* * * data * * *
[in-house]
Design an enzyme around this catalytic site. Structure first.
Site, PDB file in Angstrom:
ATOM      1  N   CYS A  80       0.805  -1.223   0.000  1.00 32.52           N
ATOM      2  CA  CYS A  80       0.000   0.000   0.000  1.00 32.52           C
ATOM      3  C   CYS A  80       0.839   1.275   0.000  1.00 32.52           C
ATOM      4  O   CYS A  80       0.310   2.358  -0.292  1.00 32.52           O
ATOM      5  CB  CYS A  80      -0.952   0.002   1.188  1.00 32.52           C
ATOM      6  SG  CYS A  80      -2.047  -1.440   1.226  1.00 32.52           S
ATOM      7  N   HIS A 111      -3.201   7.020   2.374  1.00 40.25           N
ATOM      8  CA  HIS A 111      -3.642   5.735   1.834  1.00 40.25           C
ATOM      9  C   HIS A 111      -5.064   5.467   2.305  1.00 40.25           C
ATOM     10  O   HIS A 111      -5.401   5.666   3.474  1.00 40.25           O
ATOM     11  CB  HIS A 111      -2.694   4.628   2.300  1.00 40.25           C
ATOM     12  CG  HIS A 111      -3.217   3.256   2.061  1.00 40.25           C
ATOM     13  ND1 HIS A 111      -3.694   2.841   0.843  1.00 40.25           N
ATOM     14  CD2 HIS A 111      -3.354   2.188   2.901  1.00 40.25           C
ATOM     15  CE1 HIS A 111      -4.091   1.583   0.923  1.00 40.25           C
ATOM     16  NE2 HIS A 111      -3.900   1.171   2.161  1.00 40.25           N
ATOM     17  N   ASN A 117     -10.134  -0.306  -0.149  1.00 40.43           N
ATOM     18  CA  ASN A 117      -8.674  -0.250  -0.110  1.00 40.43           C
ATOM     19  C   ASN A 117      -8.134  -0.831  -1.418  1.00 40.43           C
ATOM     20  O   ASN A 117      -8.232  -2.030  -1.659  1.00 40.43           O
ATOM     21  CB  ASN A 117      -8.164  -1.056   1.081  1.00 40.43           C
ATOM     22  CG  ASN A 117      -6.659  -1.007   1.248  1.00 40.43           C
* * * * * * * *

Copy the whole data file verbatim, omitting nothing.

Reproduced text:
[in-house]
Design an enzyme around this catalytic site. Structure first.
Site, PDB file in Angstrom:
ATOM      1  N   CYS A  80       0.805  -1.223   0.000  1.00 32.52           N
ATOM      2  CA  CYS A  80       0.000   0.000   0.000  1.00 32.52           C
ATOM      3  C   CYS A  80       0.839   1.275   0.000  1.00 32.52           C
ATOM      4  O   CYS A  80       0.310   2.358  -0.292  1.00 32.52           O
ATOM      5  CB  CYS A  80      -0.952   0.002   1.188  1.00 32.52           C
ATOM      6  SG  CYS A  80      -2.047  -1.440   1.226  1.00 32.52           S
ATOM      7  N   HIS A 111      -3.201   7.020   2.374  1.00 40.25           N
ATOM      8  CA  HIS A 111      -3.642   5.735   1.834  1.00 40.25           C
ATOM      9  C   HIS A 111      -5.064   5.467   2.305  1.00 40.25           C
ATOM     10  O   HIS A 111      -5.401   5.666   3.474  1.00 40.25           O
ATOM     11  CB  HIS A 111      -2.694   4.628   2.300  1.00 40.25           C
ATOM     12  CG  HIS A 111      -3.217   3.256   2.061  1.00 40.25           C
ATOM     13  ND1 HIS A 111      -3.694   2.841   0.843  1.00 40.25           N
ATOM     14  CD2 HIS A 111      -3.354   2.188   2.901  1.00 40.25           C
ATOM     15  CE1 HIS A 111      -4.091   1.583   0.923  1.00 40.25           C
ATOM     16  NE2 HIS A 111      -3.900   1.171   2.161  1.00 40.25           N
ATOM     17  N   ASN A 117     -10.134  -0.306  -0.149  1.00 40.43           N
ATOM     18  CA  ASN A 117      -8.674  -0.250  -0.110  1.00 40.43           C
ATOM     19  C   ASN A 117      -8.134  -0.831  -1.418  1.00 40.43           C
ATOM     20  O   ASN A 117      -8.232  -2.030  -1.659  1.00 40.43           O
ATOM     21  CB  ASN A 117      -8.164  -1.056   1.081  1.00 40.43           C
ATOM     22  CG  ASN A 117      -6.659  -1.007   1.248  1.00 40.43           C